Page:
The Court of Appeals for the Ninth Circuit held that consumers who were quoted higher insurance premiums after insurance companies reviewed their credit scores could pursue lawsuits against the companies for “willful” violation of the Fair Credit Reporting Act’s requirement that consumers receive notice of adverse actions taken on the basis of credit reports. The court held that the companies could be found to have acted willfully if they recklessly disregarded the requirements of the law, and sent the case back to a lower court to determine whether the violations were in fact willful. Two of the companies, Safeco and Geico, sought Supreme Court review of the Ninth Circuit’s definition of “willfulness” as well as an assortment of other issues.
Helping to defend the court of appeals’ decision, Public Citizen served as co-counsel for the consumers at the Supreme Court stage of the case. The Supreme Court upheld the Ninth Circuit’s legal ruling that companies who show “reckless disregard” for FCRA’s requirements may be held accountable for “willful” violations. The Court also rejected Safeco’s principal defense of its failure to give notice, which had been that the consumers hadn’t been treated adversely because they were first-time customers and therefore hadn’t had their premiums “increased.” However, the Court held that Safeco’s failure to give notice was not willful, because it was not clear enough that the company’s legal theory was wrong. And the Court found that Geico had not violated the law because it had not charged the consumer more than it would have charged him if it had not checked his credit.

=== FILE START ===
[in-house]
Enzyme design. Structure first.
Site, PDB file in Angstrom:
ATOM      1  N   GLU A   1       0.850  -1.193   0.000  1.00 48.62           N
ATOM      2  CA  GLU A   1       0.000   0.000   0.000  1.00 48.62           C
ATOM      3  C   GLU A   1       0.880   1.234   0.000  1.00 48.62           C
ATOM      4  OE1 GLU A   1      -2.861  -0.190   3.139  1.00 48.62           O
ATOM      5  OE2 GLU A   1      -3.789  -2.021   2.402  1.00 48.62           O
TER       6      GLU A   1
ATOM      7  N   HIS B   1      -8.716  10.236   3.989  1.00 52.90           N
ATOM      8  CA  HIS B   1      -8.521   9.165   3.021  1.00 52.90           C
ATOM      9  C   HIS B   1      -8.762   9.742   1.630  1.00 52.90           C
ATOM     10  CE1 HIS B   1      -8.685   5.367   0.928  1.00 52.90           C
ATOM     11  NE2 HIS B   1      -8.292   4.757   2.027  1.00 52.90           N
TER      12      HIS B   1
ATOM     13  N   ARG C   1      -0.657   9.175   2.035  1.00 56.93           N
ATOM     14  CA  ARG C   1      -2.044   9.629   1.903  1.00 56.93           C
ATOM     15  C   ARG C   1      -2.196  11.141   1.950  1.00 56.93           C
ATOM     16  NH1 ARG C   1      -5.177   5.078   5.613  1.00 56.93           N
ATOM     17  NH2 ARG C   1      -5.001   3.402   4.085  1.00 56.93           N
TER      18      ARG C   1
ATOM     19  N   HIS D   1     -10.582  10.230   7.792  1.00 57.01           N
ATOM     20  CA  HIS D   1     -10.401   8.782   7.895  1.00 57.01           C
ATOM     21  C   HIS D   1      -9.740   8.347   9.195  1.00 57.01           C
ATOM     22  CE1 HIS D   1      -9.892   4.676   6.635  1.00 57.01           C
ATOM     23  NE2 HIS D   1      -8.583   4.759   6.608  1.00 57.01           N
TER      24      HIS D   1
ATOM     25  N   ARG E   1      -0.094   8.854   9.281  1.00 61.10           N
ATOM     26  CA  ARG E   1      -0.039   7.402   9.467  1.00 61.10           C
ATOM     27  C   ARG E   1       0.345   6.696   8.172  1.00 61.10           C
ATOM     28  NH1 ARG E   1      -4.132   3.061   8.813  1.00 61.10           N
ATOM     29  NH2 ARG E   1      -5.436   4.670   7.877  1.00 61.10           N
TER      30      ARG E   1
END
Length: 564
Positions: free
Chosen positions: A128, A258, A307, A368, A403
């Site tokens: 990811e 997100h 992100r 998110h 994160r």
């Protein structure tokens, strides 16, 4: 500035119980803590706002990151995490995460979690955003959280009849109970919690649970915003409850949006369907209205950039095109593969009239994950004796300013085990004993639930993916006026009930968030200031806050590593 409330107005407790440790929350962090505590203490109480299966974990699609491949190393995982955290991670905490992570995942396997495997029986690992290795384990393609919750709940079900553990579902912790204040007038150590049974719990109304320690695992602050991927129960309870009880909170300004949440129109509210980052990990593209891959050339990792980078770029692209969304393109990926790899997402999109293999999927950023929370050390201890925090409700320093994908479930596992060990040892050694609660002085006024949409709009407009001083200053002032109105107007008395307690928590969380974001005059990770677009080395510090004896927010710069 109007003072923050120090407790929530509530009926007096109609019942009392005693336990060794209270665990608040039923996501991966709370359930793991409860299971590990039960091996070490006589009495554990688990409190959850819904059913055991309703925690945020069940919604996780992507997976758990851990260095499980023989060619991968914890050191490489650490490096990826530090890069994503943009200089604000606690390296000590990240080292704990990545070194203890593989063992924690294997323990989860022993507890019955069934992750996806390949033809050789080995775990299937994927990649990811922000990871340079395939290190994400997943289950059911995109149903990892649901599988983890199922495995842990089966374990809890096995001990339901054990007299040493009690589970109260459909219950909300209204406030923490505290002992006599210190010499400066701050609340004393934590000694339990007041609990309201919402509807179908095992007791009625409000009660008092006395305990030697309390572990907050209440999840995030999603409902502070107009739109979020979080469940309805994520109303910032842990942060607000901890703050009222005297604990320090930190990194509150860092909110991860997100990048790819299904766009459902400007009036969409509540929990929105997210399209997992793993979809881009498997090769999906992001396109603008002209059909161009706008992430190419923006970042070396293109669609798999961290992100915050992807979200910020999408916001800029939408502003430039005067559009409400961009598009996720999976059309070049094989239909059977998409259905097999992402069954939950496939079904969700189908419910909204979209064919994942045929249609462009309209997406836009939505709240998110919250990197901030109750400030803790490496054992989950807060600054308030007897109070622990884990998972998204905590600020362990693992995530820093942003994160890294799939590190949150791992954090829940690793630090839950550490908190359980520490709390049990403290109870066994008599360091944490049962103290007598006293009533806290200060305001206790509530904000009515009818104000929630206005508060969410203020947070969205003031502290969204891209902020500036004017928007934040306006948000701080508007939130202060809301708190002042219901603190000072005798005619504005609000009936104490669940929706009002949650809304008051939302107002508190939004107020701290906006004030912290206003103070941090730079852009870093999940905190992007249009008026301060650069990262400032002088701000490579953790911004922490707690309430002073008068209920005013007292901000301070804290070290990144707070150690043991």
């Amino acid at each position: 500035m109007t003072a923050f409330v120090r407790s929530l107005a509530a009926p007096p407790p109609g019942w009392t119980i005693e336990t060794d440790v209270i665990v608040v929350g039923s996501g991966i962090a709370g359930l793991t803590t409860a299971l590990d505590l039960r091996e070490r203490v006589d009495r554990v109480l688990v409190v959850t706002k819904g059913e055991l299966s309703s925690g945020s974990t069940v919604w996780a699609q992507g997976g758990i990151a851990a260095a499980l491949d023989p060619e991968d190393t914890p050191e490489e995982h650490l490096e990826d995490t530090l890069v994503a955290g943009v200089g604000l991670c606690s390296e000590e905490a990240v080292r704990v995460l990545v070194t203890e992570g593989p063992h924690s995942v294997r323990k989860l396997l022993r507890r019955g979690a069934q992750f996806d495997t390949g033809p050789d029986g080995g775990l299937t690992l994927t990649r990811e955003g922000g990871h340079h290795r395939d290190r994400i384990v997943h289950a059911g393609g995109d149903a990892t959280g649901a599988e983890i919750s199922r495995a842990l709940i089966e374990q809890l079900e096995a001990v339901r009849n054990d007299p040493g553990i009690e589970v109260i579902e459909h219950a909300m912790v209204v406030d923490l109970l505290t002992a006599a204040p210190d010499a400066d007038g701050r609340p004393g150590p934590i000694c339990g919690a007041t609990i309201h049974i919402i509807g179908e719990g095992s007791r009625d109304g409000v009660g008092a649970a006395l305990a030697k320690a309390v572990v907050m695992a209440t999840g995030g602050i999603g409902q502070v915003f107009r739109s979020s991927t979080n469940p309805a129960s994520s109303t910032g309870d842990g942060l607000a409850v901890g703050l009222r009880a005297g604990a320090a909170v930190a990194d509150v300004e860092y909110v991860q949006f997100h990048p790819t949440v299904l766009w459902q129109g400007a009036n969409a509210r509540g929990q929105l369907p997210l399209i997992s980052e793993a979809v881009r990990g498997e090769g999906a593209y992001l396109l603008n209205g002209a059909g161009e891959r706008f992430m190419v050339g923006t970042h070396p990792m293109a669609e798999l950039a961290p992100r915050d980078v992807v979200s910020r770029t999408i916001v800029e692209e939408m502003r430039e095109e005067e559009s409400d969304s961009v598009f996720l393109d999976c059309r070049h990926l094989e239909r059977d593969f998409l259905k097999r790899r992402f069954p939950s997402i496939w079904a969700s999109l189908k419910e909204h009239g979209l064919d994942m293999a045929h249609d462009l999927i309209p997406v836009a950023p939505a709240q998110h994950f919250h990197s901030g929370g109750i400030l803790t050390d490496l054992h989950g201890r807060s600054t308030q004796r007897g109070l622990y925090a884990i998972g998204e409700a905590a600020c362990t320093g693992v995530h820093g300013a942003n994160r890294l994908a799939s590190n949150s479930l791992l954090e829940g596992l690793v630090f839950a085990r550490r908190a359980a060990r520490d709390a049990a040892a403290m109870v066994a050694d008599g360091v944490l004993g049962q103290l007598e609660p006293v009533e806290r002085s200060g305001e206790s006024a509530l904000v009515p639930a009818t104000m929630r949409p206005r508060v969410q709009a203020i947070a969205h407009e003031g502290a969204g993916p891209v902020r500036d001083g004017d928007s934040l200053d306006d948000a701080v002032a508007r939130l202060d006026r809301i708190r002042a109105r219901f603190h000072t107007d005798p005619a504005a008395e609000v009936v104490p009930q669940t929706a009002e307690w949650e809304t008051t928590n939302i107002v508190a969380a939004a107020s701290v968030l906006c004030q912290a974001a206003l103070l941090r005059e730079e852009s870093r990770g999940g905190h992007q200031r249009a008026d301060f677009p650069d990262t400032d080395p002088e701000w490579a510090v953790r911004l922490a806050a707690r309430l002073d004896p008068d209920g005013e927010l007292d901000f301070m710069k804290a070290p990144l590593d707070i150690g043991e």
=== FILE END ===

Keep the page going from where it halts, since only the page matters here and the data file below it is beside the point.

The Court’s decision was a mixed result for consumers. The Court’s acceptance of “reckless disregard” of the law (rather than a knowing violation) as the standard for showing willfulness makes it possible for more plaintiffs to obtain statutory penalties against companies that violate the law. And the Court’s rejection of Safeco’s argument that first-time customers are never protected by FCRA’s adverse-action notice requirement avoided creation of a major loophole in the law. On the other hand, the Court’s holding that Geico did not violate the law creates a loophole that prevents thousands of consumers from receiving notice when their credit scores are used to deny them favorable rates in the marketplace.